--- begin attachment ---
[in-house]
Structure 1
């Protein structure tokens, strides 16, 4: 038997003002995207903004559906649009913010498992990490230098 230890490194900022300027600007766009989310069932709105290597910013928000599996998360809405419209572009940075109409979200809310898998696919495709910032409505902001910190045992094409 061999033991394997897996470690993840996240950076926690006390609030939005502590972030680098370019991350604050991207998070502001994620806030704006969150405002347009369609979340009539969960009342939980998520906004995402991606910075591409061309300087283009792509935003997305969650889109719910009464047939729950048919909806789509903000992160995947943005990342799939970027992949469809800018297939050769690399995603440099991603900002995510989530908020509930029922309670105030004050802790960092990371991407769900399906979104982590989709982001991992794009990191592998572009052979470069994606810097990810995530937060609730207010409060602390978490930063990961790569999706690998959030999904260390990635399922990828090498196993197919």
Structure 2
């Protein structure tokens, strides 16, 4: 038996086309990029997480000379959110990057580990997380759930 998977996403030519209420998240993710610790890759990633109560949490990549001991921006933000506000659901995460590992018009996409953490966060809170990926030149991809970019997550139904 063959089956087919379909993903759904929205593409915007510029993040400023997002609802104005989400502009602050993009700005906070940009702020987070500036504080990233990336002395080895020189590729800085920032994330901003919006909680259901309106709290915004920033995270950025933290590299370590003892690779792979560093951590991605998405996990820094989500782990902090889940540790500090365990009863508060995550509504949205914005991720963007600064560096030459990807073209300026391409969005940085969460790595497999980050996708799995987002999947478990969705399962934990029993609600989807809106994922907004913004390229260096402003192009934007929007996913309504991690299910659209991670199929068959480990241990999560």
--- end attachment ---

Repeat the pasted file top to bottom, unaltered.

[in-house]
Structure 1
């Protein structure tokens, strides 16, 4: 038997003002995207903004559906649009913010498992990490230098 230890490194900022300027600007766009989310069932709105290597910013928000599996998360809405419209572009940075109409979200809310898998696919495709910032409505902001910190045992094409 061999033991394997897996470690993840996240950076926690006390609030939005502590972030680098370019991350604050991207998070502001994620806030704006969150405002347009369609979340009539969960009342939980998520906004995402991606910075591409061309300087283009792509935003997305969650889109719910009464047939729950048919909806789509903000992160995947943005990342799939970027992949469809800018297939050769690399995603440099991603900002995510989530908020509930029922309670105030004050802790960092990371991407769900399906979104982590989709982001991992794009990191592998572009052979470069994606810097990810995530937060609730207010409060602390978490930063990961790569999706690998959030999904260390990635399922990828090498196993197919």
Structure 2
């Protein structure tokens, strides 16, 4: 038996086309990029997480000379959110990057580990997380759930 998977996403030519209420998240993710610790890759990633109560949490990549001991921006933000506000659901995460590992018009996409953490966060809170990926030149991809970019997550139904 063959089956087919379909993903759904929205593409915007510029993040400023997002609802104005989400502009602050993009700005906070940009702020987070500036504080990233990336002395080895020189590729800085920032994330901003919006909680259901309106709290915004920033995270950025933290590299370590003892690779792979560093951590991605998405996990820094989500782990902090889940540790500090365990009863508060995550509504949205914005991720963007600064560096030459990807073209300026391409969005940085969460790595497999980050996708799995987002999947478990969705399962934990029993609600989807809106994922907004913004390229260096402003192009934007929007996913309504991690299910659209991670199929068959480990241990999560």